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Customer Service

One of my favorite authors and speakers on the planet is Shep Hyken. I get his weekly message on Customer Service. This week’s message really hit home.

I thought, “what a nice message.” That was before I flew to Washington, D.C., this week on Southwest. I am an asthmatic and am severely allergic to dander. Dog, cat, horse, llama, alpaca, mice, hamster – it doesn’t matter. (Please don’t tell me that your dog doesn’t have dander . . . the last person that told me that watched me on a breathing machine at the kitchen table.)

When I got to Southwest’s gate in Dallas I saw that one of the passengers had a dog about the size of Rhode Island going with her. Lots of hair and lots of dander. I told the gate attendant that I needed to be FAR away from that dog. The pilot even came out and said to me they would be in the first row and I should pre-board right away and sit where I wanted to in the back of the plane.

I did so . . . but the agent didn’t take my ticket. No big deal. I was on the plane and far enough away from the dog. That was until I picked up some email late that night and Southwest CANCELLED my flight the next night because they thought I didn’t show up for my first flight.

Picture this. I’m in D.C. I flew there on Southwest and they are telling me I wasn’t on the plane. No problems . . . we all make mistakes and I knew why this one happened. I called the airline and explained what happened and why. Thirty five minutes later the agent on the phone, who was really trying to help me, explained that she really couldn’t because of their rules. I would need to go to the airport that night, or long before my flight the next night, to prove – in person – that I was there!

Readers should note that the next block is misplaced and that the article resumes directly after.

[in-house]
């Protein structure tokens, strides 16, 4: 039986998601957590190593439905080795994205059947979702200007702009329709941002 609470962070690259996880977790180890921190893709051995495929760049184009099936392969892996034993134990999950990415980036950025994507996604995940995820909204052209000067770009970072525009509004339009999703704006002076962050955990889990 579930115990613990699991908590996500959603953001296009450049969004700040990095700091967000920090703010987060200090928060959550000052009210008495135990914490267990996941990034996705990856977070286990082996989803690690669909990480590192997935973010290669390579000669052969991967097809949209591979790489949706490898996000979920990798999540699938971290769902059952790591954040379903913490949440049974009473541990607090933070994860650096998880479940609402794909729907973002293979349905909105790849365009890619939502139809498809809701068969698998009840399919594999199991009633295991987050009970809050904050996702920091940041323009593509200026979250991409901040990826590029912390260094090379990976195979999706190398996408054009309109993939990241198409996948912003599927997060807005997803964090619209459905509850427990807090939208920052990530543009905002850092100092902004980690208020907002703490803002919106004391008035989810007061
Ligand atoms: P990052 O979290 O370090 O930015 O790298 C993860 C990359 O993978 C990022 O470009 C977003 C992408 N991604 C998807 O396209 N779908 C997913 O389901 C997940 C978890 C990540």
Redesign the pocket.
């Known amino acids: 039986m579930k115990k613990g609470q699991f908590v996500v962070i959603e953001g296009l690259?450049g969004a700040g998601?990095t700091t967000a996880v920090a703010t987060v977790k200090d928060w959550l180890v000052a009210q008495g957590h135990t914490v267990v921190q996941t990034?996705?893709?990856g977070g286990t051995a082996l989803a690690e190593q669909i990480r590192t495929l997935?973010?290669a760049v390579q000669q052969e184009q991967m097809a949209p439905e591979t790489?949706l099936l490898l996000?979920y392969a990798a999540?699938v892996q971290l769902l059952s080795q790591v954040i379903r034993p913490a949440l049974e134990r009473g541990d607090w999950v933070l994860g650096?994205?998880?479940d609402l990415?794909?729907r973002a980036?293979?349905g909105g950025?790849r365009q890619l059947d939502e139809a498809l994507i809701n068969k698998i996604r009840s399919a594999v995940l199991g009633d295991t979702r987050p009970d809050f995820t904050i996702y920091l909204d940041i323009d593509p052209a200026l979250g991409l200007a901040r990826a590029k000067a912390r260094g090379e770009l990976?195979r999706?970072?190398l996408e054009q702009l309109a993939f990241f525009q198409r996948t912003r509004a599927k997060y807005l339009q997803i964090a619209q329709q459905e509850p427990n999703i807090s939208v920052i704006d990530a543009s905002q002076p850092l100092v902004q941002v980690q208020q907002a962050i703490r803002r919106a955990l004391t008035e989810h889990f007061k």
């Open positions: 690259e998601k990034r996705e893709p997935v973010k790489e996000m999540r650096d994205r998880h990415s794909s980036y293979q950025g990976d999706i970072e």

I told her I’d take a picture in front of the hotel … the Lincoln Memorial … or anywhere else. Getting back to the airport would really be an inconvenience and my meetings started the next morning at 8. She apologized profusely and told me that I needed to call the customer service line the next morning at 9 a.m. (they opened at 8 a.m. central) and punch in #5 for the option. Perhaps they could help me. Honestly, the person on the phone couldn’t have been nicer or tried harder. There were these “rules,” though, that prevented her from helping me.

At 9 a.m., exactly, I called. The person on the phone was great. It took another 25 minutes but she got everything handled. I didn’t have to go to the airport.

This goes back to Shep’s story.

A couple of lessons here. First, make sure your read Shep’s story. Next, look at your own operation and compare it to my experience.

MK made the comment, “Isn’t it strange that how you felt about Southwest last night and how you feel about them today is totally different?” Why? What one person was authorized to do to help a customer and what one person was prevented from doing.